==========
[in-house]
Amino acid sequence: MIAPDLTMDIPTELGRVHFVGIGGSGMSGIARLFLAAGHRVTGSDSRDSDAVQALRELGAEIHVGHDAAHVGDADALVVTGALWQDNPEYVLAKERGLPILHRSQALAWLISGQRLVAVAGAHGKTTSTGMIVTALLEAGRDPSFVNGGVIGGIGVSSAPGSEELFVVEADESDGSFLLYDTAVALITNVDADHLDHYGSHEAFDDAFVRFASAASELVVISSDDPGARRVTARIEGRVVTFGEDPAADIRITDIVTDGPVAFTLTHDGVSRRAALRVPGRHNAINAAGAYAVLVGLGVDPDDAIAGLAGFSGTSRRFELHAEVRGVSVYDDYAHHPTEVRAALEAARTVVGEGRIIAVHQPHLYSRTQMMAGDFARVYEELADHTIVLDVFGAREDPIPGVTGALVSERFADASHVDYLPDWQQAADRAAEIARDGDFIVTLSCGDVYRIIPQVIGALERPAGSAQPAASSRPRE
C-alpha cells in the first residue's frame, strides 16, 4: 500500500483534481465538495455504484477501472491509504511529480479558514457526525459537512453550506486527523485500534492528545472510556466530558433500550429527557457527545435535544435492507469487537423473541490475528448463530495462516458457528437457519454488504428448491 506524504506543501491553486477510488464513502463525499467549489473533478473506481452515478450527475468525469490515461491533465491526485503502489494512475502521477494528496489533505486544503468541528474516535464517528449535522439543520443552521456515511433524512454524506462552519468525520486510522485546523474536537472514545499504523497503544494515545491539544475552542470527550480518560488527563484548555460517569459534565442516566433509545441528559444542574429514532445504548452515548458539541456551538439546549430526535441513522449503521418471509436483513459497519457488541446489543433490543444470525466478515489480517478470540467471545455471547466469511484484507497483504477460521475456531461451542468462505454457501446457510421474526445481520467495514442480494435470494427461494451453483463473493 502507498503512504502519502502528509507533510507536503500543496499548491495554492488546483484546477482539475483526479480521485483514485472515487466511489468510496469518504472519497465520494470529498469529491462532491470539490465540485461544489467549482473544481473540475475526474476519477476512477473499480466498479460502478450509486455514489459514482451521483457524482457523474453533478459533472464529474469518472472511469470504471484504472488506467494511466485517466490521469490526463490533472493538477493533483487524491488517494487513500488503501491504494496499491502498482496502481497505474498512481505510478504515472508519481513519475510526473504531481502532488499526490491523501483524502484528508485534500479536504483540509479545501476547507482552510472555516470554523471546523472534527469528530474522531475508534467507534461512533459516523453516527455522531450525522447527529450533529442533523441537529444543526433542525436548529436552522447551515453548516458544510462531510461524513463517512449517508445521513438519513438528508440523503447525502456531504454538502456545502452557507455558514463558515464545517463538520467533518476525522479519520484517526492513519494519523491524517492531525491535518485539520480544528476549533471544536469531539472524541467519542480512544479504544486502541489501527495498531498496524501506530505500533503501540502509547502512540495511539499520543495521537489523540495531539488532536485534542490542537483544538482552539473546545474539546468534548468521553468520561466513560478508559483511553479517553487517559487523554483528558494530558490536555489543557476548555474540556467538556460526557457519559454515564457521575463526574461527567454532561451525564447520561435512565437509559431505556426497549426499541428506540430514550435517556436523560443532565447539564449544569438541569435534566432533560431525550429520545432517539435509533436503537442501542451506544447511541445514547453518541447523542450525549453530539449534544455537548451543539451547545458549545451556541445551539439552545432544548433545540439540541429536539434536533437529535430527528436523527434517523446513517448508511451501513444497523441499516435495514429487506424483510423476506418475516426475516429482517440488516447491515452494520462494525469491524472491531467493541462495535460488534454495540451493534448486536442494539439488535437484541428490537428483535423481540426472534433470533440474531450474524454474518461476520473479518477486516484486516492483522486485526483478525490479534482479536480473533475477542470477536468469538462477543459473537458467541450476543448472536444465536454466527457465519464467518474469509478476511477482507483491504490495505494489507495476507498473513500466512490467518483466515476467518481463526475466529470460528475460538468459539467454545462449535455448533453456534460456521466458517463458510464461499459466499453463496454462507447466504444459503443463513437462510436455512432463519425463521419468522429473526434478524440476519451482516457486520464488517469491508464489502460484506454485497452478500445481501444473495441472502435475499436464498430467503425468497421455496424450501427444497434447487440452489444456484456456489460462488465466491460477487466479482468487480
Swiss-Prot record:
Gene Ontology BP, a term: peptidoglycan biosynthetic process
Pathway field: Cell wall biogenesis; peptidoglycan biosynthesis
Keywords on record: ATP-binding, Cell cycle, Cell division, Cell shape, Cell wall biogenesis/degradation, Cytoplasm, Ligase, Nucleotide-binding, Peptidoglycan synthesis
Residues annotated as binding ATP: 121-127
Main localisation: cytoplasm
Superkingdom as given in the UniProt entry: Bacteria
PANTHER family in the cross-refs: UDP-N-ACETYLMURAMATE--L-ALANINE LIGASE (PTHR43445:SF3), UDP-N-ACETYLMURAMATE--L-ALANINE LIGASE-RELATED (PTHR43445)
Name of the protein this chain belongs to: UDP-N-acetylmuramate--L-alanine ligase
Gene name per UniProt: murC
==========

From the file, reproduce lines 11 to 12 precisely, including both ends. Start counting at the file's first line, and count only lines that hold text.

PANTHER family in the cross-refs: UDP-N-ACETYLMURAMATE--L-ALANINE LIGASE (PTHR43445:SF3), UDP-N-ACETYLMURAMATE--L-ALANINE LIGASE-RELATED (PTHR43445)
Name of the protein this chain belongs to: UDP-N-acetylmuramate--L-alanine ligase